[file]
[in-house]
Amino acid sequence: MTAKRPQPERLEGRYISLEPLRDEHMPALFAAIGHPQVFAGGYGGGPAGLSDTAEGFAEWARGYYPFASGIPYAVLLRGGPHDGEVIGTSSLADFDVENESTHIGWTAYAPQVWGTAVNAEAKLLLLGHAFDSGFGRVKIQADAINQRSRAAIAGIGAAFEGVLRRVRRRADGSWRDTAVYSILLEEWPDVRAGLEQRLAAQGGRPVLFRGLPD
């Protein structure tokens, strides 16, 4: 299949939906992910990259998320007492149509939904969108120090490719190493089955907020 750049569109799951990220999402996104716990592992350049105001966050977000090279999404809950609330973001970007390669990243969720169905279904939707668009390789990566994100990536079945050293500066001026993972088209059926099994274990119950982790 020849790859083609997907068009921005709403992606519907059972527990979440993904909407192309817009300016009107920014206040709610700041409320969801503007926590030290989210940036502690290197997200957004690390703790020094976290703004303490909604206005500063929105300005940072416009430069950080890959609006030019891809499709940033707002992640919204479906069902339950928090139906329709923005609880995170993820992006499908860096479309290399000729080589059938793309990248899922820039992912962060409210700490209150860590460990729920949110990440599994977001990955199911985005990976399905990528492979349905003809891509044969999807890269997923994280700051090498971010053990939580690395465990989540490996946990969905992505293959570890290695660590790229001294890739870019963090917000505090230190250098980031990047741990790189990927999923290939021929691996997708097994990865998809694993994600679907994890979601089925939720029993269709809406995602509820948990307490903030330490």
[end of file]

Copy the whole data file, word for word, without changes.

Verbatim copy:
[in-house]
Amino acid sequence: MTAKRPQPERLEGRYISLEPLRDEHMPALFAAIGHPQVFAGGYGGGPAGLSDTAEGFAEWARGYYPFASGIPYAVLLRGGPHDGEVIGTSSLADFDVENESTHIGWTAYAPQVWGTAVNAEAKLLLLGHAFDSGFGRVKIQADAINQRSRAAIAGIGAAFEGVLRRVRRRADGSWRDTAVYSILLEEWPDVRAGLEQRLAAQGGRPVLFRGLPD
């Protein structure tokens, strides 16, 4: 299949939906992910990259998320007492149509939904969108120090490719190493089955907020 750049569109799951990220999402996104716990592992350049105001966050977000090279999404809950609330973001970007390669990243969720169905279904939707668009390789990566994100990536079945050293500066001026993972088209059926099994274990119950982790 020849790859083609997907068009921005709403992606519907059972527990979440993904909407192309817009300016009107920014206040709610700041409320969801503007926590030290989210940036502690290197997200957004690390703790020094976290703004303490909604206005500063929105300005940072416009430069950080890959609006030019891809499709940033707002992640919204479906069902339950928090139906329709923005609880995170993820992006499908860096479309290399000729080589059938793309990248899922820039992912962060409210700490209150860590460990729920949110990440599994977001990955199911985005990976399905990528492979349905003809891509044969999807890269997923994280700051090498971010053990939580690395465990989540490996946990969905992505293959570890290695660590790229001294890739870019963090917000505090230190250098980031990047741990790189990927999923290939021929691996997708097994990865998809694993994600679907994890979601089925939720029993269709809406995602509820948990307490903030330490």